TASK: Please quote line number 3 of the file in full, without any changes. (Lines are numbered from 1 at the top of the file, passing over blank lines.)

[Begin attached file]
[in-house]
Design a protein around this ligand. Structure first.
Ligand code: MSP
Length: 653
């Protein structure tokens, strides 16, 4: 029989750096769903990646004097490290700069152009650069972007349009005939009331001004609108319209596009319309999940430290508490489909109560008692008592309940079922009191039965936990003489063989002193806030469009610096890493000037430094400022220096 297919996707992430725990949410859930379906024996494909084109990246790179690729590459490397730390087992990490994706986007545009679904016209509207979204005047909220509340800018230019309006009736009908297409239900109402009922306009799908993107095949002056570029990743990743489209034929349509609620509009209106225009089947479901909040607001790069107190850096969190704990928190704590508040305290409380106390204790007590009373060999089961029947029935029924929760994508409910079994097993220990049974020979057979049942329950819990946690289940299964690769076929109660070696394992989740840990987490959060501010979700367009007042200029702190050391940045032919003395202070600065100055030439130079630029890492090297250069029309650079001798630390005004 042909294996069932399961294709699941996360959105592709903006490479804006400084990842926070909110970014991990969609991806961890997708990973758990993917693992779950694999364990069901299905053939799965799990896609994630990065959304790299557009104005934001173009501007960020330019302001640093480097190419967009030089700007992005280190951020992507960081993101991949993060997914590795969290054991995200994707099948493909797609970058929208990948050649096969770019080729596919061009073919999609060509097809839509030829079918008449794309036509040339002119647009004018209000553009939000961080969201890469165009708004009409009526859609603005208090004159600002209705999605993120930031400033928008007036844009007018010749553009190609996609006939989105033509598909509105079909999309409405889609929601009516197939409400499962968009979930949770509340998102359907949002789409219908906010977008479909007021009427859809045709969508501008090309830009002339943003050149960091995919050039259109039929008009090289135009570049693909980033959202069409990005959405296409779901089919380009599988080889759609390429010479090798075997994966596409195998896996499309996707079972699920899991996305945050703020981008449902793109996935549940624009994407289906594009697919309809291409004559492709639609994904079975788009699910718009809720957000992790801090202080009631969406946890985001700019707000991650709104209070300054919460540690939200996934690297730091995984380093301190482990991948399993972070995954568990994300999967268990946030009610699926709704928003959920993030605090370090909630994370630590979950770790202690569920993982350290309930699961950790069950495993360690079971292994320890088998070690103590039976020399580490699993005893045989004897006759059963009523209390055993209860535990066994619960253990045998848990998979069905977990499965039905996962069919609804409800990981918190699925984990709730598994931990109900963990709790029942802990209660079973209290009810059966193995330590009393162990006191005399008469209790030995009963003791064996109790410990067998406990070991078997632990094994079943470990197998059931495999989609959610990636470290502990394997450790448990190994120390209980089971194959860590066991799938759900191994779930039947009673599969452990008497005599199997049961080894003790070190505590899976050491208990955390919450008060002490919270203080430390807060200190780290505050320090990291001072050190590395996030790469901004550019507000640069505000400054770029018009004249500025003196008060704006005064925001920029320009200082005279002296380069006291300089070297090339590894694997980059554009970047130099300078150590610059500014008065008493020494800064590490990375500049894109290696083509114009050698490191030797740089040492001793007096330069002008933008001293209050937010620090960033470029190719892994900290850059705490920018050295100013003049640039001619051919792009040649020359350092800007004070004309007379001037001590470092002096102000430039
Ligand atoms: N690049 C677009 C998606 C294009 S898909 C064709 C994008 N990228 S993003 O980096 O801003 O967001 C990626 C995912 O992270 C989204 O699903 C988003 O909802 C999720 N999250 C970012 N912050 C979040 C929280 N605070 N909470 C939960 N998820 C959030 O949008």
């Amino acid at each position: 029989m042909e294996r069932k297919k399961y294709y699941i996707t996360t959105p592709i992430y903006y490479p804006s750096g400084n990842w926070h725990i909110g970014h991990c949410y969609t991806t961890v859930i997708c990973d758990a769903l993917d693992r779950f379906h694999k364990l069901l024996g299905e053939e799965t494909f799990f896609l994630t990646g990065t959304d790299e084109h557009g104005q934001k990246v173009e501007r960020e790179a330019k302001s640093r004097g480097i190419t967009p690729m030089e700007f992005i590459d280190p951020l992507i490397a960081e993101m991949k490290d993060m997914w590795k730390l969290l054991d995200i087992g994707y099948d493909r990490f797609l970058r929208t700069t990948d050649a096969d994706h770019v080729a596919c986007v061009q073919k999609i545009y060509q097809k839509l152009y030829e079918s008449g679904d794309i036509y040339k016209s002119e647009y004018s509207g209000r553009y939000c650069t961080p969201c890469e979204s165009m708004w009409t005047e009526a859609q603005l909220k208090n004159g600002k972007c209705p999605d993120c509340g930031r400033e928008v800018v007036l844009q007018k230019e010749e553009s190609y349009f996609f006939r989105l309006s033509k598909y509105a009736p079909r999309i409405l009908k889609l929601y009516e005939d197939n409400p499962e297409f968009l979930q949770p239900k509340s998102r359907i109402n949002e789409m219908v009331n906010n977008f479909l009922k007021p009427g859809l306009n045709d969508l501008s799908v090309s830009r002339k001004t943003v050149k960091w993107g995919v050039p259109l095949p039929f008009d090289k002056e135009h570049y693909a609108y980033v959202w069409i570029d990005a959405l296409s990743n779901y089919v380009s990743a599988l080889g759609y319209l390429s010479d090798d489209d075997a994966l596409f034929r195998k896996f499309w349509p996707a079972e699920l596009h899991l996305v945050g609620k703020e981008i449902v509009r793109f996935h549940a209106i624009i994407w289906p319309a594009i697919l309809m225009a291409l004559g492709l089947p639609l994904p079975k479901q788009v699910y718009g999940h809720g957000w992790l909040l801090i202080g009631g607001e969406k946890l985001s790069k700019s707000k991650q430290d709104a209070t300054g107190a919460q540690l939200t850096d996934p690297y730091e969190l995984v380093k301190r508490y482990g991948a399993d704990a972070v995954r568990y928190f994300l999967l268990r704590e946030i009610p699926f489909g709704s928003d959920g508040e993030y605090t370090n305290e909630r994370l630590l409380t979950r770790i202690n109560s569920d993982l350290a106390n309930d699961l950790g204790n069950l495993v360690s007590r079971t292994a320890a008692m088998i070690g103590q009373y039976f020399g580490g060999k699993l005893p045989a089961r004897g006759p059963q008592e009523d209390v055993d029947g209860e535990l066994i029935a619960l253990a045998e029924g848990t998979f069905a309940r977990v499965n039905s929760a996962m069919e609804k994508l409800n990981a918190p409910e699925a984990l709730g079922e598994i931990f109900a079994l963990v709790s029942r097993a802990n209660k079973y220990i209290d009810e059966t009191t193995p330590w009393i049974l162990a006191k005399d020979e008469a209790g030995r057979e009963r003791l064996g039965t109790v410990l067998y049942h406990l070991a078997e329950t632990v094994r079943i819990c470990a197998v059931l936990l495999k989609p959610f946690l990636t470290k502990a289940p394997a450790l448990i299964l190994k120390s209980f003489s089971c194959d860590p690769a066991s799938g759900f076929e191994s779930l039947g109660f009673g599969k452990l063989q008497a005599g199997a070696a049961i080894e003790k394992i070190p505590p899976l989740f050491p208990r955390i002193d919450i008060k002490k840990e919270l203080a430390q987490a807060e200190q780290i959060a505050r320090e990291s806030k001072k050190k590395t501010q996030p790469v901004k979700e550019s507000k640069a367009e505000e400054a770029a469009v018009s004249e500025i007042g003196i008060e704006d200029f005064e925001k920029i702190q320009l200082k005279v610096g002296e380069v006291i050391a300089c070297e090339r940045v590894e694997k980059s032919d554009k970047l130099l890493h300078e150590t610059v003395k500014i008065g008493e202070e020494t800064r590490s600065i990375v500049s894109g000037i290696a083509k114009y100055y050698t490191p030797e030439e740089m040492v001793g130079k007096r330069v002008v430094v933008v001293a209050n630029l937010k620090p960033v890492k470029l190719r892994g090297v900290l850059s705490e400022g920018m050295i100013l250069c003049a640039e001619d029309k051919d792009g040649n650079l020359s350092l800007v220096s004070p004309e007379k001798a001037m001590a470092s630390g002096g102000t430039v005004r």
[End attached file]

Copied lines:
Ligand code: MSP